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Prudence Dailey’s Commentary: There is Nothing Humanitarian About Assisted Dying

Prudence Dailey’s Commentary

There is Nothing Humanitarian about Assisted Dying

Although Baroness Meacher’s recent Assisted Dying Bill did not go to a vote, no-one believes that the issue has gone away. The official position of the Church of England remains staunchly opposed to assisted suicide, and every Lord Spiritual who spoke in the debate, did so to oppose the Bill. A cynic may assert that it is unusual for the Church of England to hold a firm line on anything—or, at least, anything that is not a ‘woke’ cause such as racism or climate change—but its position on this is a matter for genuine gratitude.

At the same time, some the proponents of voluntary euthanasia have portrayed opposition by Christians (and adherents of other major religions) as founded in outdated and supernatural beliefs, that run counter to humanitarian interest. Why, they ask, should some Prelate’s faith in a soul and an afterlife be allowed to stand in the way of a dignified death for a terminally ill person who may not share those convictions, and who may wish to be relieved of his suffering in the same way that a beloved pet might be ‘put to sleep’?

It does not help that an increasingly vocal minority within the Church—including, most disappointingly, the former Archbishop of Canterbury, Lord Carey—has come out in support of physician assisted death: Lord Field, a Christian who is terminally ill, announced that he had changed his mind, and now supported Baroness Meacher’s Bill. These voices enable those arguing in favour of assisted suicide to claim that even Christians are divided on the issue, and it is only a reactionary rump that is holding back progress.

As Christians, we believe that our lives belong not to us, but to God, and that they have intrinsic value whether we value them or not; it is not for us to decide the day or hour of our death. Nevertheless, we cannot rely on such arguments, or expect them to pass muster with politicians and the public in an increasingly secular society. Fortunately, we do not have to: the pragmatic arguments are overwhelming.

To see how assisted suicide might pan out, we need only look to countries where it has been legal for some time:

  • In Canada, the requirement for a person to be terminally ill has been scrapped, and euthanasia will soon also be available to those whose suffering is mental rather than physical.
  • In Belgium, euthanasia is also available for mental as well as physical suffering, and has been expanded to include children as well as adults. In a well-known case, (adult) identical twin brothers who were deaf and learned that they were also going blind, but were not otherwise ill, chose to have their lives ended by doctors.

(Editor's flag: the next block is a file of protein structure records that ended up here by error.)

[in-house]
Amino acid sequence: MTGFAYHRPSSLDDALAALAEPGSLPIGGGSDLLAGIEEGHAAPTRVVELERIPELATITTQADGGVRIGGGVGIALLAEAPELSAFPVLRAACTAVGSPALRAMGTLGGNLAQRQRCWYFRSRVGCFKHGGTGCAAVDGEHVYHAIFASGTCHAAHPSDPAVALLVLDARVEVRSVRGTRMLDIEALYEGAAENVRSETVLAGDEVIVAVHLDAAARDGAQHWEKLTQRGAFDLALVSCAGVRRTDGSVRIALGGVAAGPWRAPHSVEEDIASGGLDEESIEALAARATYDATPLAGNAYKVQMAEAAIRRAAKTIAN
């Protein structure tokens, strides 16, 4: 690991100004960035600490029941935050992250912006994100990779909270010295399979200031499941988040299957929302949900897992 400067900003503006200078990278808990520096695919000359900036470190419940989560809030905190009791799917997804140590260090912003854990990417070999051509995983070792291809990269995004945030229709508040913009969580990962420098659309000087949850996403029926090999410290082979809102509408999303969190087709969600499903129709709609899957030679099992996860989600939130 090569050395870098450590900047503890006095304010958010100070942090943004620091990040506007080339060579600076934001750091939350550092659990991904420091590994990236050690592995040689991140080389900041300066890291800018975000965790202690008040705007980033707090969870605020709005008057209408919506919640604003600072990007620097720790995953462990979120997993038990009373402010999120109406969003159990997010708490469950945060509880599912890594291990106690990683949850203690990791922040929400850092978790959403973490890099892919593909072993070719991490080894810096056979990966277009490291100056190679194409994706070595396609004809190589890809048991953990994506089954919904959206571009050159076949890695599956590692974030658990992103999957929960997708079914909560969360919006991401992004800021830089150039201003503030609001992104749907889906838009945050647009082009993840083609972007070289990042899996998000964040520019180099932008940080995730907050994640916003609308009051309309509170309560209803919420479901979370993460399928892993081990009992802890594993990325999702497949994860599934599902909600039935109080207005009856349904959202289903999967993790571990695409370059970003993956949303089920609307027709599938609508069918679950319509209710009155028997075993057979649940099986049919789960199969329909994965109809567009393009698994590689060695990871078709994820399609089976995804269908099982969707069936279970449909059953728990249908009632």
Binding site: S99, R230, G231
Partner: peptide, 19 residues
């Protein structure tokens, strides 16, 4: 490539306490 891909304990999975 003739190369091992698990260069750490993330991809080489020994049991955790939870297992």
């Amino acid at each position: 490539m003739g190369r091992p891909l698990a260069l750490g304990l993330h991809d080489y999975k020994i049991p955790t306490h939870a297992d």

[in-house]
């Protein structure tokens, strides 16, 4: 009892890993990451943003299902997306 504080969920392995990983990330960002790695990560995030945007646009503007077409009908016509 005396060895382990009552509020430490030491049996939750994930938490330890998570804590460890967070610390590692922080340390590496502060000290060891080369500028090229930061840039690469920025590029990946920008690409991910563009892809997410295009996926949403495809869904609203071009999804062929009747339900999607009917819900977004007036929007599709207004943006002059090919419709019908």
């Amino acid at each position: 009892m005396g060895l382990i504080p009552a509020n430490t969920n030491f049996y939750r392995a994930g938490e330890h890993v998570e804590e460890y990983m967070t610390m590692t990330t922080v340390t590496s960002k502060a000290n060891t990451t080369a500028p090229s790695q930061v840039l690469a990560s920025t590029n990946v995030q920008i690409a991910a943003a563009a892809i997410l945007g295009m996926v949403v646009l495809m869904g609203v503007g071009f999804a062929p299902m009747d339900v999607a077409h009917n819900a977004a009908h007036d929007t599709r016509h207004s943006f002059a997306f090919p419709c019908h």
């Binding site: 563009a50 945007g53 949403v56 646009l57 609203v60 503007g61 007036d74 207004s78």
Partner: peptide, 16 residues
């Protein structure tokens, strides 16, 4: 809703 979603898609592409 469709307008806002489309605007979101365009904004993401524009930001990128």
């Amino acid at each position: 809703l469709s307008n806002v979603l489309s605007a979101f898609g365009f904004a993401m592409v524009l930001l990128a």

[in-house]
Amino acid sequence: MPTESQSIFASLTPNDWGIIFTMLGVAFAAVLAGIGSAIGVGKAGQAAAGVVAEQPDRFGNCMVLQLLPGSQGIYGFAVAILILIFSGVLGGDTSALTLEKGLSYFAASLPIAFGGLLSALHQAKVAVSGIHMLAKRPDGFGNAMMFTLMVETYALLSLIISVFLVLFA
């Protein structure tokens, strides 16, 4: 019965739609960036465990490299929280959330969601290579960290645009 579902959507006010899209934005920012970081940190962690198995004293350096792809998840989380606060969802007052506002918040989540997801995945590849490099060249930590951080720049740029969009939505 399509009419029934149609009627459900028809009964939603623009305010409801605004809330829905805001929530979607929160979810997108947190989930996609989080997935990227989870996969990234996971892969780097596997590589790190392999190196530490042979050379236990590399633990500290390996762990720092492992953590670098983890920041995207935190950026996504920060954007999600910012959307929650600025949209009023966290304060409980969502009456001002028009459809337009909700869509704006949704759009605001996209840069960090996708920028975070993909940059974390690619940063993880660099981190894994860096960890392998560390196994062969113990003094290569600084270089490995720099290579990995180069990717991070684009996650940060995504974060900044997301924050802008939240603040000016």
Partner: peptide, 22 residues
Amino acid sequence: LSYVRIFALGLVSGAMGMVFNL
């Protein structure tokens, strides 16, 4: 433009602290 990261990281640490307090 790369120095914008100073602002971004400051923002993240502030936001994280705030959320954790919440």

• In the Netherlands, those who are not ill but simply experiencing normal old age increasingly opt for euthanasia. Shockingly, what are euphemistically termed ‘life-terminating acts without explicit request’ are also very common, with doctors make the decision on behalf of patients.
  • In the US state of Oregon, there have been cases of health insurance companies refusing to pay for palliative care, because (much cheaper) assisted dying is available as an alternative.

It is no surprise that, in this country and around the world, disability rights campaigners are among the staunchest opponents of assisted suicide, recognising it as a threat to vulnerable people. They understand that a right to die can, and often does, become a perceived duty to die; and that when the idea that doctors can end life becomes embedded in the healthcare system, palliative care suffers.

Proponents of assisted suicide argue that measures would be implemented to prevent abuses and protect the weak; but the complexity of the human condition is such that unintended consequences cannot simply be obliterated by the magic wand of ‘safeguards’. There is no possible safeguard for the frail elderly woman who, believing that she has become a burden to her family (whether or not they also believe that), becomes sincerely convinced that the world would be better off without her in it, and that she wishes to die.

When a cat or a dog is suffering incurably, a one-way trip to the vet is the final act of kindness. The idea that we might treat humans in the same way is, perhaps superficially compelling; but it is wrong. Human beings are not animals—or, at least, not just animals—and our capacity for understanding, coupled with the unique sacredness of human life (which most secular people intrinsically accept, even if they might phrase it differently) brings the parallel to an end.

There is powerful pressure for assisted dying in this country, but it is not irresistible. It is up to all of us to ensure that it is resisted. 

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